Pacific Crest Trail logo

Pacific Crest Trail logo

The first person confirmed to have thru-hiked the entire PCT, as well as the first person to hike from south to north, was Richard Watson, who completed the trail on September 1, 1972. The first woman was Mary Carstens, who completed the journey later in 1972 accompanied by Jeff Smukler.

The first person to thru-hike the entire PCT both ways in a single continuous round-trip was Scott Williamson, who completed the "yo-yo" circuit on his fourth attempt in November 2004. Williamson traveled a total of 5,300 miles (8,530 km) in 197 days, covering an average of 35 to 40 miles (56 to 64 km) per day when not in snow—an overall average of 27 miles (43 km) per day—wearing an extremely ultra-lightweight pack, which "without food, weighed about 8.5 pounds (3.9 kg)". Williamson then went on to complete a second round trip on November 28, 2006, cutting two weeks off his 2004 time.

The youngest person to successfully thru-hike the trail is Mary Chambers, who hiked the route from April-October 2004 at the age of 10. She completed the trek with her parents, Barbara Egbert and Gary Chambers. Egbert authored a book about their experiences on the trail, entitled Zero Days. It was published in January 2008 by Wilderness Press.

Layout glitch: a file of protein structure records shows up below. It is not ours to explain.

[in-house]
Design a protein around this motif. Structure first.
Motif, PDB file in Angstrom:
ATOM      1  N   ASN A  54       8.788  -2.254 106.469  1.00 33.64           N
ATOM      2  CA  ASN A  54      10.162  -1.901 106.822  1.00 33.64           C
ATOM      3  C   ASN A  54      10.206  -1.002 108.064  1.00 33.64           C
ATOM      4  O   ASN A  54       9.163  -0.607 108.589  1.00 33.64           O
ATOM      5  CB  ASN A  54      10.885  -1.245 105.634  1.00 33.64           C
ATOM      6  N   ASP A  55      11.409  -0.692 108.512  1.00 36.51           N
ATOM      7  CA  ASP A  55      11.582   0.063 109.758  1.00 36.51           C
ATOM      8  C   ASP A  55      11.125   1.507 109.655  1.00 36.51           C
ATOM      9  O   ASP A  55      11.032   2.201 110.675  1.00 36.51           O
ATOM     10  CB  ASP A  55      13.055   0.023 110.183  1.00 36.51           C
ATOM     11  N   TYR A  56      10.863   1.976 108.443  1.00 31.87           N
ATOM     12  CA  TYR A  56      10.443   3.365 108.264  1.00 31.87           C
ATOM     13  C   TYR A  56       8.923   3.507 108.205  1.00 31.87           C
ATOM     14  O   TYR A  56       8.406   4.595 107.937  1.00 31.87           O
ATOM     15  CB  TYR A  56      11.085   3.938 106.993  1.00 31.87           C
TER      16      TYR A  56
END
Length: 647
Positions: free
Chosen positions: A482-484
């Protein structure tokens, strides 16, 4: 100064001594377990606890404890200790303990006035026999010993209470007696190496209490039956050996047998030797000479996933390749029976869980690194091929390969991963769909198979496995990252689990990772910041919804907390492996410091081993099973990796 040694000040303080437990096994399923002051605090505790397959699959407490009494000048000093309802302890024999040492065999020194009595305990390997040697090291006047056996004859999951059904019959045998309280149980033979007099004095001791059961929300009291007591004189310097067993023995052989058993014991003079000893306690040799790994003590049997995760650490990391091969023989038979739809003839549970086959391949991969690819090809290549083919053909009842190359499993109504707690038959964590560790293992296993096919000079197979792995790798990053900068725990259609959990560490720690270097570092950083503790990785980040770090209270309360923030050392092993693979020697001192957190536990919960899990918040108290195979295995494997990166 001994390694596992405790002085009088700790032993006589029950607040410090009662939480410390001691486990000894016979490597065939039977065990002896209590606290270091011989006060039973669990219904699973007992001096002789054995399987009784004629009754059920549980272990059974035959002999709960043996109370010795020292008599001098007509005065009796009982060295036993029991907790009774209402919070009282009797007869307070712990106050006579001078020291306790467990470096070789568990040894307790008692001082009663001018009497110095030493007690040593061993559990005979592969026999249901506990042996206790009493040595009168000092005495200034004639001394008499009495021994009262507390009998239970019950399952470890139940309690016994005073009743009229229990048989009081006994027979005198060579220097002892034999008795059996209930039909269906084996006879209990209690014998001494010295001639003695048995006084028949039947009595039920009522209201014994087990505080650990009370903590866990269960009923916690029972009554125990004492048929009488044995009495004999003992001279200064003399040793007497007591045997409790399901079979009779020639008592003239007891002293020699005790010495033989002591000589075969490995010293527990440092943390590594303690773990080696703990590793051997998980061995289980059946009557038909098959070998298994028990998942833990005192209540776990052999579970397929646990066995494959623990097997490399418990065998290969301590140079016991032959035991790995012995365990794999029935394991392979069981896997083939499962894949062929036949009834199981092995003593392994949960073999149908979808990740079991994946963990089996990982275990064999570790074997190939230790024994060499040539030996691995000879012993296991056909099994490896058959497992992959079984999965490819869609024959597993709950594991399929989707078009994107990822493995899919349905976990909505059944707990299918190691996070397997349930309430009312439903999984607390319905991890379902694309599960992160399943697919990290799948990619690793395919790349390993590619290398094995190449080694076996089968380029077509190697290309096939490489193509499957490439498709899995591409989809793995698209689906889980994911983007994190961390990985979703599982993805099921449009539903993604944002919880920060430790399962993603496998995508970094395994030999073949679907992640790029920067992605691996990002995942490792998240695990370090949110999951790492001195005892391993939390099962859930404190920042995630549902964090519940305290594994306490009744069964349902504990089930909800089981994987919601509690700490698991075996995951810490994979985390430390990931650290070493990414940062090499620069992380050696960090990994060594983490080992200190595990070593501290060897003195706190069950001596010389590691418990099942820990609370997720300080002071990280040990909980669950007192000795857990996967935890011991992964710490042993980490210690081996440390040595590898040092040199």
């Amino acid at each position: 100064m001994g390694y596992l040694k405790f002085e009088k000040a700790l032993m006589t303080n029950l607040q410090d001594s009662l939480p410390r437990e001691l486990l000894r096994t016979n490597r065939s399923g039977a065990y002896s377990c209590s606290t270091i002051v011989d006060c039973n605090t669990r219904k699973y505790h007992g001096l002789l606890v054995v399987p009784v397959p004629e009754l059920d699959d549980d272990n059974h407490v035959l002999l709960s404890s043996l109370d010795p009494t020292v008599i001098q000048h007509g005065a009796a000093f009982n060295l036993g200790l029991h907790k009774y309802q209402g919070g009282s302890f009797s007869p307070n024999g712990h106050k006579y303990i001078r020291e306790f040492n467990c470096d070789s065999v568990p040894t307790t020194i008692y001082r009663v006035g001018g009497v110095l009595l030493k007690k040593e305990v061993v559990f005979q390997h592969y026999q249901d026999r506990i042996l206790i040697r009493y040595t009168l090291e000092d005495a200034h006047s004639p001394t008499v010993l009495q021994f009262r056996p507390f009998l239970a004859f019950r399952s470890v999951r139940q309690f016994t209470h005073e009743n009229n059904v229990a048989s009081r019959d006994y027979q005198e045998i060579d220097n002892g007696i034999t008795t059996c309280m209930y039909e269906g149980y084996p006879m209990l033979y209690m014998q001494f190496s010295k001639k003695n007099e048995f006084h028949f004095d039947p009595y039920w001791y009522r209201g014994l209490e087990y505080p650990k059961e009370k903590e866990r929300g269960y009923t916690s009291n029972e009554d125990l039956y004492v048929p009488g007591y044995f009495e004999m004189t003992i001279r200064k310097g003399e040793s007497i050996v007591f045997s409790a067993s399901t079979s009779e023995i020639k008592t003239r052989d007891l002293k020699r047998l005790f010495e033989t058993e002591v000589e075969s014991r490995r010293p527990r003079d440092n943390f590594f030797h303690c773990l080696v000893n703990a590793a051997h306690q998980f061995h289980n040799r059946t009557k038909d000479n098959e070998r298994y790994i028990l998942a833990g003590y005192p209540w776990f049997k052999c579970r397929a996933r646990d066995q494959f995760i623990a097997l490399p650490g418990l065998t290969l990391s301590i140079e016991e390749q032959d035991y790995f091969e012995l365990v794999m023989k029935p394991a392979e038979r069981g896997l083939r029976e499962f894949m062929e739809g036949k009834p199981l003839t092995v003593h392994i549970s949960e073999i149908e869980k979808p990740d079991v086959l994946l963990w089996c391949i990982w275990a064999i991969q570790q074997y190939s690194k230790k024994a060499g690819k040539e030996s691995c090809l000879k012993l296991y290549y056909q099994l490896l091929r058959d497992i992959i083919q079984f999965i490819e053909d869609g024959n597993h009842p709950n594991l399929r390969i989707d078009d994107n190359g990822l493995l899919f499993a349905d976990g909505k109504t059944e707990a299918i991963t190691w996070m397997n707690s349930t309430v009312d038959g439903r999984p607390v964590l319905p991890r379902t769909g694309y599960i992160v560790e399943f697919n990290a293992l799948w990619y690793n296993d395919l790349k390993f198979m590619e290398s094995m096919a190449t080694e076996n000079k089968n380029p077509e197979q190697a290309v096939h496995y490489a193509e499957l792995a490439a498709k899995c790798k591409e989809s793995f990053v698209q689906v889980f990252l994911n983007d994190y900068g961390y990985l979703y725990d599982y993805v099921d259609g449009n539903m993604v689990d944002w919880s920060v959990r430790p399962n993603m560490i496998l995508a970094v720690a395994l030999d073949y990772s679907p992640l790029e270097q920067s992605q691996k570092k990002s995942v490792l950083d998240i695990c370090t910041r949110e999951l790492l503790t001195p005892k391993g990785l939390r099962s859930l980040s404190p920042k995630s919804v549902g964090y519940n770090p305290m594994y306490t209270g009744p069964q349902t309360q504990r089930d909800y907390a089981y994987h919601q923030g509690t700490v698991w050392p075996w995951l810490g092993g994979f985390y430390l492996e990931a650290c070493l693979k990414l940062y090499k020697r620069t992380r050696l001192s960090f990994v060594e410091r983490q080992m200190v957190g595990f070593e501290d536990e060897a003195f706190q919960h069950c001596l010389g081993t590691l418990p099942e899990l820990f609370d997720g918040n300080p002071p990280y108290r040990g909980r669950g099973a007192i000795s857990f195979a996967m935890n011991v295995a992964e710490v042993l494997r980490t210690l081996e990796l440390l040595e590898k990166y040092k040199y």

Equestrian use

In 1959, Don and June Mulford made the first verifiable equestrian Thru-Ride of the PCT. The year was 1959, and the Pacific Crest Trail stretched a poorly marked 2,400 miles from Mexico to Canada. More concept than footpath, the trail was an oft-broken, high-ridge track disappearing regularly from map and terrain. On April 19, 1959, on an empty scrub sage plain seven miles east of Tijuana, with four horses, Don and June Mulford began their journey north to the Washington/Canadian border.

The Mulfords went to Hollywood for three months immediately after the ride and were featured on network television. June's old press book yields a half-dozen TV-Guide pages, and she recalls, "Art Linkletter was such a nice man. We appeared on his 'House Party' show and he had coffee with us afterward." "High Road to Danger," a syndicated TV show, made an episode on their ride. Even after returning home to the Northwest, there was continued TV coverage. A January 1961 TV Guide records their appearance on Portland's KOIN Red Dunning Show. The Mulfords even made a 90-minute movie and showed it around 12 western states for 10 years.

The Murray family—Barry, Bernice, Barry Jr. and Bernadette—completed the trek on horseback on October 7, 1970.


In 2008, an agreement for realignment through Tejon Ranch was reached.

Portland, Oregon's 40 Mile Loop proposes to extend the Springwater Corridor hiking and bicycling spur trail to connect to the Pacific Crest Trail.